Julie Girling, Member of the European Parliament: ‘The EU has one of the strictest legal frameworks for approving GM products. Having said this, many of these products are still not allowed onto the EU market despite the strong scientific evidence proving their safety and efficacy. As a result many key industry players have already moved their GM production and R&D facilities out of Europe. This is a cause for concern, as the current backlog of EU authorisations could lead to a further significant decline in R&D in Europe with possible far-reaching consequences not only for our farmers but for the EU economy as a whole.’

Ingo Potrykus, Professor Emeritus, Swiss Federal Institute of Technology: ‘The Golden Rice project is a timely and important demonstration of the possibilities of GM technology. The technology has been used to solve an urgent need and to provide a clear benefit to the consumer, especially to the poor and disadvantaged. Scientifically unjustified regulation provides a lever for ideological activists to hold millions of poor hostage in a campaign for political power and money. As long as society listens to activists instead of to scientific consensus the technology cannot fulfil its social promise.’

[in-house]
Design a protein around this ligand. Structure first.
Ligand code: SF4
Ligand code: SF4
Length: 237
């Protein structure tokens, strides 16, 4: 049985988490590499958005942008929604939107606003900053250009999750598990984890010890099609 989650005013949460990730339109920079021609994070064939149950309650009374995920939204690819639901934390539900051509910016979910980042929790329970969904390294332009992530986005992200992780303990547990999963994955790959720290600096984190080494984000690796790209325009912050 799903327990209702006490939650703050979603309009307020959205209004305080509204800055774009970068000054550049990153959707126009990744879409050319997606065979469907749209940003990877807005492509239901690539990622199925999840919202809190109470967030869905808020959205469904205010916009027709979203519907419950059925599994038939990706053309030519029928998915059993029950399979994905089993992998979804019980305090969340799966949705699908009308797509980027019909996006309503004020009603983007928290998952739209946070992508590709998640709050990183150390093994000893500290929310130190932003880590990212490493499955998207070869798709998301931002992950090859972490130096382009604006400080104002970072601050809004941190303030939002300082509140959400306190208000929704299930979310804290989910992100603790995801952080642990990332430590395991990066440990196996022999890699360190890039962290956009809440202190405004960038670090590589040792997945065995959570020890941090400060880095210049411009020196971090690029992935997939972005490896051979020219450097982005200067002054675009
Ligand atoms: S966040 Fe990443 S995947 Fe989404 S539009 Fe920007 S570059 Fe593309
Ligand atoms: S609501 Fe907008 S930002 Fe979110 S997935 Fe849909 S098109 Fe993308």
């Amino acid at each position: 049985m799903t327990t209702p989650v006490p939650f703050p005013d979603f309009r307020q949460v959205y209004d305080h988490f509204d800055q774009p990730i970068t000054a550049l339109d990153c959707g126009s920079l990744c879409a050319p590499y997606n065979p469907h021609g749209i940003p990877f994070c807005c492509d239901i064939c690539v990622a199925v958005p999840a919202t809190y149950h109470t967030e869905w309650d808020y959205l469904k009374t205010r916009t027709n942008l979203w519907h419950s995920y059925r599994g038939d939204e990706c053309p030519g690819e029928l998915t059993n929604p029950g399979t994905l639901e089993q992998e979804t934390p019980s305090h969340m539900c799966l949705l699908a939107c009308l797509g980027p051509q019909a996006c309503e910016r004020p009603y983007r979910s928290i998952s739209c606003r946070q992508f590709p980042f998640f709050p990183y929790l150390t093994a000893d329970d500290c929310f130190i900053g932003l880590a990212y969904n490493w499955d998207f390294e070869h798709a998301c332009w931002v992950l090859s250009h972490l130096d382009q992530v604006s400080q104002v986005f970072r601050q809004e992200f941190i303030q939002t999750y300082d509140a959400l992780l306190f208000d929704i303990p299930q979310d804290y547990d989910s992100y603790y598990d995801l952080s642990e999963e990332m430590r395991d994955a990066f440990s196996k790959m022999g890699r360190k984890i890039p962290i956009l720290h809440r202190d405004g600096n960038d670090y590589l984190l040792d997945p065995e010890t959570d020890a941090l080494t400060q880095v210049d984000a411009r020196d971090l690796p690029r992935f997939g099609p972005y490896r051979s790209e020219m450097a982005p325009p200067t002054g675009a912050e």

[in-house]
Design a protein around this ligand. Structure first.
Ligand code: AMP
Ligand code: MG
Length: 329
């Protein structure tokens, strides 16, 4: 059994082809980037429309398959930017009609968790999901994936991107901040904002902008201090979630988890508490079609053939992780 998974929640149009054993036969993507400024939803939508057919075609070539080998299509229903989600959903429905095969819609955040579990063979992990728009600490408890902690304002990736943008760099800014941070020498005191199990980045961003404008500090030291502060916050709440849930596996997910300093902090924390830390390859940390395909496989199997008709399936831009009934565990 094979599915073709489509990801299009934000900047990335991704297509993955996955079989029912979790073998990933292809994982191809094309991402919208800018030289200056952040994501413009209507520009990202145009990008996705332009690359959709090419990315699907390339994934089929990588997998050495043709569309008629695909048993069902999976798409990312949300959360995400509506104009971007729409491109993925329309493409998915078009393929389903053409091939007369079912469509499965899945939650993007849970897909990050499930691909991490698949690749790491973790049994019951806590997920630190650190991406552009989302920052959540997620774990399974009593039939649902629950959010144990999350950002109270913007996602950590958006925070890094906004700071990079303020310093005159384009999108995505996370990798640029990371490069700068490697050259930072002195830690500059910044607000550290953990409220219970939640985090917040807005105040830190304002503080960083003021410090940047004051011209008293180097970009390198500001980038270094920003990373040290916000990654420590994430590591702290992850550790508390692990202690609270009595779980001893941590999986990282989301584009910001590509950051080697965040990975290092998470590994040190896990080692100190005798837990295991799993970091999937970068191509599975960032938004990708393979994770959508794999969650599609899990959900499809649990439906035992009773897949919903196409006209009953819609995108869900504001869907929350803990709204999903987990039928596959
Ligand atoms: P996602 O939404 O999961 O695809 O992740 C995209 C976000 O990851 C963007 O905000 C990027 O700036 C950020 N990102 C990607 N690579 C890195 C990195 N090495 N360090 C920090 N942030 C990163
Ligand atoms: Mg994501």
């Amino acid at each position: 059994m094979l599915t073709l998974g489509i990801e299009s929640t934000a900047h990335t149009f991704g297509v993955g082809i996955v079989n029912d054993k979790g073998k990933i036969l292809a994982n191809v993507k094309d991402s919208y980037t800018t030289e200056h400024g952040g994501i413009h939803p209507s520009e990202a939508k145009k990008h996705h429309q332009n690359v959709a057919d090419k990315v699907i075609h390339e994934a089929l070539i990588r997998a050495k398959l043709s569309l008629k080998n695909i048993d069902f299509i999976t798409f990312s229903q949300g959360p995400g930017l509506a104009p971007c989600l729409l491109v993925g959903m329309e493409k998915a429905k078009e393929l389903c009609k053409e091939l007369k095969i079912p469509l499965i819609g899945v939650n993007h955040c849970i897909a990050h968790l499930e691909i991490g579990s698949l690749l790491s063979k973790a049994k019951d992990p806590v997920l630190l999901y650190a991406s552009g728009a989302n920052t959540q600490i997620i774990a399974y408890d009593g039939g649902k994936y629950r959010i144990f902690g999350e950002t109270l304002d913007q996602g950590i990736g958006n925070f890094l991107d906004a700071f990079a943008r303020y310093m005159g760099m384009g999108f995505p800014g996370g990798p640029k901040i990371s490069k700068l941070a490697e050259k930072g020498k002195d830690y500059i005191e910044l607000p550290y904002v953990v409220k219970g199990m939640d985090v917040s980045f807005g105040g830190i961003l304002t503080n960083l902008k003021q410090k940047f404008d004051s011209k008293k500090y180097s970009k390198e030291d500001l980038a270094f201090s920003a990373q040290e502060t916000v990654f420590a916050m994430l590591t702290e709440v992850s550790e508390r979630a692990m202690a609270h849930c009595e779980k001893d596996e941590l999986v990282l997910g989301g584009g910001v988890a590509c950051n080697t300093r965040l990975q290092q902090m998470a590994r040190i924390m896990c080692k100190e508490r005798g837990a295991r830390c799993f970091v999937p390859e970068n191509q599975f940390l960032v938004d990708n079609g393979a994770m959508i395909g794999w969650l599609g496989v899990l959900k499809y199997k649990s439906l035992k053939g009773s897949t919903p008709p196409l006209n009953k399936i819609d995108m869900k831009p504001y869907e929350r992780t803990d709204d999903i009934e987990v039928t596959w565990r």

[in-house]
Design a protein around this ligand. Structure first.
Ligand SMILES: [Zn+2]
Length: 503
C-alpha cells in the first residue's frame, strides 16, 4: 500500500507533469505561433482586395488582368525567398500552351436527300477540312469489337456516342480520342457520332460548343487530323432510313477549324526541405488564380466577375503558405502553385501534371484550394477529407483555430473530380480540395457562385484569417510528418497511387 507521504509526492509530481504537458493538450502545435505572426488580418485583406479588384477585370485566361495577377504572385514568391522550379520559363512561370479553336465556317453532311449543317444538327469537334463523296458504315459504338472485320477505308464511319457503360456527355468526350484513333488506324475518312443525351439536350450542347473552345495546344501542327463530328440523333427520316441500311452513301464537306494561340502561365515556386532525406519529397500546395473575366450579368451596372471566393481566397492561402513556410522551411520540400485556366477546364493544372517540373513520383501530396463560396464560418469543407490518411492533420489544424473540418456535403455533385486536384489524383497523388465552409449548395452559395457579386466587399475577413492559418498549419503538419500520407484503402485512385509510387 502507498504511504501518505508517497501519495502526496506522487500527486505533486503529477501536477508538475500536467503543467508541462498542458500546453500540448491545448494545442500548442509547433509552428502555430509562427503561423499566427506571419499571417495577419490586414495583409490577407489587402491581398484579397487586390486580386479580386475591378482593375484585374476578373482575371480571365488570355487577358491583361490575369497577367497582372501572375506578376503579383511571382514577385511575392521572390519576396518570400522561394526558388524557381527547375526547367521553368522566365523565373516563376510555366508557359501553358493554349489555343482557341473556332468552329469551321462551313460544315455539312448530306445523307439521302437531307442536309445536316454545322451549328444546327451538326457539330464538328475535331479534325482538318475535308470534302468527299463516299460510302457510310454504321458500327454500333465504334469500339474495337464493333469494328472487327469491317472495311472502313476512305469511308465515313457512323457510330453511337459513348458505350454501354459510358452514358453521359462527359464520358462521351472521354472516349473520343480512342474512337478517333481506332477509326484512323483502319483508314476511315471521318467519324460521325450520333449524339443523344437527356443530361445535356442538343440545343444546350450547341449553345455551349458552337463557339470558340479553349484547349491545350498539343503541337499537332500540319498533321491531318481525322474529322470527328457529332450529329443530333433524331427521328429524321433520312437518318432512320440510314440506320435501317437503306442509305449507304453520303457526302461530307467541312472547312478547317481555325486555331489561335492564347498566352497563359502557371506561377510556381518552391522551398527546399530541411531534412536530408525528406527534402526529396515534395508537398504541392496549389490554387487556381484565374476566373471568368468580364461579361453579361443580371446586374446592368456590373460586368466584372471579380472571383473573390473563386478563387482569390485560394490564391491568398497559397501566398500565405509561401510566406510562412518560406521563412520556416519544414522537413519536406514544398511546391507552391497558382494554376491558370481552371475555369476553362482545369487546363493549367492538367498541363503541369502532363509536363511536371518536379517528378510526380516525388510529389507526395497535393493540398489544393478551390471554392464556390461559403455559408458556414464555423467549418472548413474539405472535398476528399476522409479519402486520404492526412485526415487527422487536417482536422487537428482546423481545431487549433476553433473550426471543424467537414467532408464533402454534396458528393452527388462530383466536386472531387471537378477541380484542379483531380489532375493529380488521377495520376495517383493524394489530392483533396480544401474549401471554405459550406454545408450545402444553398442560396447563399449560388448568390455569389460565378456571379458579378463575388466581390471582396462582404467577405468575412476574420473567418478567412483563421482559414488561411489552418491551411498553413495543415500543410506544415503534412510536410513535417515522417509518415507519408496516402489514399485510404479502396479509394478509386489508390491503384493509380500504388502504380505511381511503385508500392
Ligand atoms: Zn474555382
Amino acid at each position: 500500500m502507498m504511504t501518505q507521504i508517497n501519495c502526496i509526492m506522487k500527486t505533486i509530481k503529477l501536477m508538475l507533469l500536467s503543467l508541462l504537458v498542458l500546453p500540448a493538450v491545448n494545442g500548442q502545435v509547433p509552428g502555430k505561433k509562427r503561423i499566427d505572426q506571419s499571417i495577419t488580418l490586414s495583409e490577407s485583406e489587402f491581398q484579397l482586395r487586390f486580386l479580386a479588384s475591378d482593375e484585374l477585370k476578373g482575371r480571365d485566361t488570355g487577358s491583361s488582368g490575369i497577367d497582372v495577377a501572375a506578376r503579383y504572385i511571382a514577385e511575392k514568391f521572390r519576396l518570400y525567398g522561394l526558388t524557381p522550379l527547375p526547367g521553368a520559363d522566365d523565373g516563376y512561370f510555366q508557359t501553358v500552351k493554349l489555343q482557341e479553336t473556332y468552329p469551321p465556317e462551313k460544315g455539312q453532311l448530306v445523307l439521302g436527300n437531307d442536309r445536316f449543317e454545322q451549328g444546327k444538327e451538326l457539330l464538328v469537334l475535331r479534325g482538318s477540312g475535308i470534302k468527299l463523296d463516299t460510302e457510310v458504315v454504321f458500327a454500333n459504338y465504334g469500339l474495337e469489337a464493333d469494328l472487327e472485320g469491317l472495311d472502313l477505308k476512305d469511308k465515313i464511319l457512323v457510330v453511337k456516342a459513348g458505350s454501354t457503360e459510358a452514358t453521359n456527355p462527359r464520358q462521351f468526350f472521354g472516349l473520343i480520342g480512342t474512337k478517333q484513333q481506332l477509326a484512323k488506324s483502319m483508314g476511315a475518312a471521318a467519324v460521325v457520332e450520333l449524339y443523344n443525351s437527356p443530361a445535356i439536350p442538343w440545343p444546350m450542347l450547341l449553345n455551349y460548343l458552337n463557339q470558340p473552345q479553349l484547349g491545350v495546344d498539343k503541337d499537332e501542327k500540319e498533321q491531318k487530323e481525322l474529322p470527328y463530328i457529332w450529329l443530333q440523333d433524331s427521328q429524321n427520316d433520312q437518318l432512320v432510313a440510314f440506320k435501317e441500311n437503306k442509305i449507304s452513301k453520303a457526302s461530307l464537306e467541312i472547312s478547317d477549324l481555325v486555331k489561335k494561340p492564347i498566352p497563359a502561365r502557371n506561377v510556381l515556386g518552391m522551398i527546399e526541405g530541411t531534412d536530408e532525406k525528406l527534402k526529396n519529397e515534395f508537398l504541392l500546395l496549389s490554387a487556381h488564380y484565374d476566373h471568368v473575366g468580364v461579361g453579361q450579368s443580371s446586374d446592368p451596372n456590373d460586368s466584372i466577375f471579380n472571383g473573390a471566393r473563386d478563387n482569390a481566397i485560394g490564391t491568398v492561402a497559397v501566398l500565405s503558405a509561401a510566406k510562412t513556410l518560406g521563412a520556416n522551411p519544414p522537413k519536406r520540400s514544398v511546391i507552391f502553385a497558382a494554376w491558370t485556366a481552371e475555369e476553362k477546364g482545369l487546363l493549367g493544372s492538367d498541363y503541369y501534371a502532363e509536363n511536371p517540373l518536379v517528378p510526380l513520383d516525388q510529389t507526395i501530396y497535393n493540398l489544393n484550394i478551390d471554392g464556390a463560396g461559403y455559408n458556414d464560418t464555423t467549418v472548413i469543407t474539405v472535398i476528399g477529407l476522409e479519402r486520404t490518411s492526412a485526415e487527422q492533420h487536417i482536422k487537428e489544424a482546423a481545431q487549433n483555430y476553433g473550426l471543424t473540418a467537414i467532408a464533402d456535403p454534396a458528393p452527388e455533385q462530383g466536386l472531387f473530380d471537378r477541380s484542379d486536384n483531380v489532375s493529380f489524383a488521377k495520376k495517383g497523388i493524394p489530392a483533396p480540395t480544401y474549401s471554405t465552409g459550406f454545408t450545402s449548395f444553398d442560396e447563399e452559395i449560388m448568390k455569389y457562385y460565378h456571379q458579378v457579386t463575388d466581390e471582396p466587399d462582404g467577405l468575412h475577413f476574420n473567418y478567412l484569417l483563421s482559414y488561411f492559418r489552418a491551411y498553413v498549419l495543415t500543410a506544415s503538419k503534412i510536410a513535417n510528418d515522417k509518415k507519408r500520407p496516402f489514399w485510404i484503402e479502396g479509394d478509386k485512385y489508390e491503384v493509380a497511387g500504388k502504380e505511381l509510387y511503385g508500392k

Macy Merriman, Senior Manager, Biotech and Government Affairs, DuPont Pioneer: ‘Plenish high oleic soybeans are the first biotech product to bring value across the entire supply chain – from farmers to consumers. The improved, healthier oil profile allows food companies and industrial product manufacturers to bring enhanced, improved products to the market that benefit the consumer and the environment. Plenish is nothing short of a re-invention of soybean oil.’

Patrick Moore, Co-founder and former member of Greenpeace, Allow Golden Rice Now! campaign: ‘Genetic science has been the key to the development of Golden Rice, which has been proven in nutrition studies to deliver beta carotene to both adults and children. It can only improve the health of the 250 million children who are deficient in vitamin A, with no harm to the environment. Golden Rice is a good example of how our knowledge of genetic science can be used for the betterment of society.’